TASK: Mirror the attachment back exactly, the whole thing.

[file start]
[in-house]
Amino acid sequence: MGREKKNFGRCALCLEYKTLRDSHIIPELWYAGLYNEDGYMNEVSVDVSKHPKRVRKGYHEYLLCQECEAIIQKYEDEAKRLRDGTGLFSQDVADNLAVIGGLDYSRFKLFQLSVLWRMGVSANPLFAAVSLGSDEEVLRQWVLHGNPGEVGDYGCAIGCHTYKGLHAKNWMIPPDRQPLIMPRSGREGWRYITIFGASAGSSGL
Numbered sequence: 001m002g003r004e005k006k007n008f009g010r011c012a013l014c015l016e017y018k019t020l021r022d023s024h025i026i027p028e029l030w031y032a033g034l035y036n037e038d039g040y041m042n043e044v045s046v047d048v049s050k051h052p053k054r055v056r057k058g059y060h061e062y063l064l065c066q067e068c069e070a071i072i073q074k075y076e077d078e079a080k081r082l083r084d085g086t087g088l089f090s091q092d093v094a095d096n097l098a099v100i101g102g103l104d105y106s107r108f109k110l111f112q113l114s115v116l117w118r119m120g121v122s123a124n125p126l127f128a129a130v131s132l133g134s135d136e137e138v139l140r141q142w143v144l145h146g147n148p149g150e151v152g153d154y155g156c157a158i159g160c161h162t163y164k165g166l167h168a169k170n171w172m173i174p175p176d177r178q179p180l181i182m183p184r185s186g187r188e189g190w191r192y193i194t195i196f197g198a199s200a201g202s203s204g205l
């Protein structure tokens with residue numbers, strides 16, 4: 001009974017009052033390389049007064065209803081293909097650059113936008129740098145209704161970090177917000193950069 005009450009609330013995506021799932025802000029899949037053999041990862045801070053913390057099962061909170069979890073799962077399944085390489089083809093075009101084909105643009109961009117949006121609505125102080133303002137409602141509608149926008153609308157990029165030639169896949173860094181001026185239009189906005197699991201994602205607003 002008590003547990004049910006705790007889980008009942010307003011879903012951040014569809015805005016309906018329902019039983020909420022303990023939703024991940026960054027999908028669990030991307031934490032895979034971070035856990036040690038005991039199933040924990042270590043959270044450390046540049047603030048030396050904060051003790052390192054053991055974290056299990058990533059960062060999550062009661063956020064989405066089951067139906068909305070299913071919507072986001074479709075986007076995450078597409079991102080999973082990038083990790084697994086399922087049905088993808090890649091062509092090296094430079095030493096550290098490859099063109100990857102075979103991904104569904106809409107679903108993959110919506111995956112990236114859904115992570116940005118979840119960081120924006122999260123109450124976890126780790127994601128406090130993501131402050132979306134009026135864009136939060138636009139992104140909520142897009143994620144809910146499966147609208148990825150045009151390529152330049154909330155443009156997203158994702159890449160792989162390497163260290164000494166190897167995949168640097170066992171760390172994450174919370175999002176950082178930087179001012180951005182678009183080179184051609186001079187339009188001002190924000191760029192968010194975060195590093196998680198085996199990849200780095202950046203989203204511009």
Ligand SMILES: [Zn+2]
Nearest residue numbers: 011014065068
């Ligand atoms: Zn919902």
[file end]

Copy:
[in-house]
Amino acid sequence: MGREKKNFGRCALCLEYKTLRDSHIIPELWYAGLYNEDGYMNEVSVDVSKHPKRVRKGYHEYLLCQECEAIIQKYEDEAKRLRDGTGLFSQDVADNLAVIGGLDYSRFKLFQLSVLWRMGVSANPLFAAVSLGSDEEVLRQWVLHGNPGEVGDYGCAIGCHTYKGLHAKNWMIPPDRQPLIMPRSGREGWRYITIFGASAGSSGL
Numbered sequence: 001m002g003r004e005k006k007n008f009g010r011c012a013l014c015l016e017y018k019t020l021r022d023s024h025i026i027p028e029l030w031y032a033g034l035y036n037e038d039g040y041m042n043e044v045s046v047d048v049s050k051h052p053k054r055v056r057k058g059y060h061e062y063l064l065c066q067e068c069e070a071i072i073q074k075y076e077d078e079a080k081r082l083r084d085g086t087g088l089f090s091q092d093v094a095d096n097l098a099v100i101g102g103l104d105y106s107r108f109k110l111f112q113l114s115v116l117w118r119m120g121v122s123a124n125p126l127f128a129a130v131s132l133g134s135d136e137e138v139l140r141q142w143v144l145h146g147n148p149g150e151v152g153d154y155g156c157a158i159g160c161h162t163y164k165g166l167h168a169k170n171w172m173i174p175p176d177r178q179p180l181i182m183p184r185s186g187r188e189g190w191r192y193i194t195i196f197g198a199s200a201g202s203s204g205l
């Protein structure tokens with residue numbers, strides 16, 4: 001009974017009052033390389049007064065209803081293909097650059113936008129740098145209704161970090177917000193950069 005009450009609330013995506021799932025802000029899949037053999041990862045801070053913390057099962061909170069979890073799962077399944085390489089083809093075009101084909105643009109961009117949006121609505125102080133303002137409602141509608149926008153609308157990029165030639169896949173860094181001026185239009189906005197699991201994602205607003 002008590003547990004049910006705790007889980008009942010307003011879903012951040014569809015805005016309906018329902019039983020909420022303990023939703024991940026960054027999908028669990030991307031934490032895979034971070035856990036040690038005991039199933040924990042270590043959270044450390046540049047603030048030396050904060051003790052390192054053991055974290056299990058990533059960062060999550062009661063956020064989405066089951067139906068909305070299913071919507072986001074479709075986007076995450078597409079991102080999973082990038083990790084697994086399922087049905088993808090890649091062509092090296094430079095030493096550290098490859099063109100990857102075979103991904104569904106809409107679903108993959110919506111995956112990236114859904115992570116940005118979840119960081120924006122999260123109450124976890126780790127994601128406090130993501131402050132979306134009026135864009136939060138636009139992104140909520142897009143994620144809910146499966147609208148990825150045009151390529152330049154909330155443009156997203158994702159890449160792989162390497163260290164000494166190897167995949168640097170066992171760390172994450174919370175999002176950082178930087179001012180951005182678009183080179184051609186001079187339009188001002190924000191760029192968010194975060195590093196998680198085996199990849200780095202950046203989203204511009």
Ligand SMILES: [Zn+2]
Nearest residue numbers: 011014065068
């Ligand atoms: Zn919902």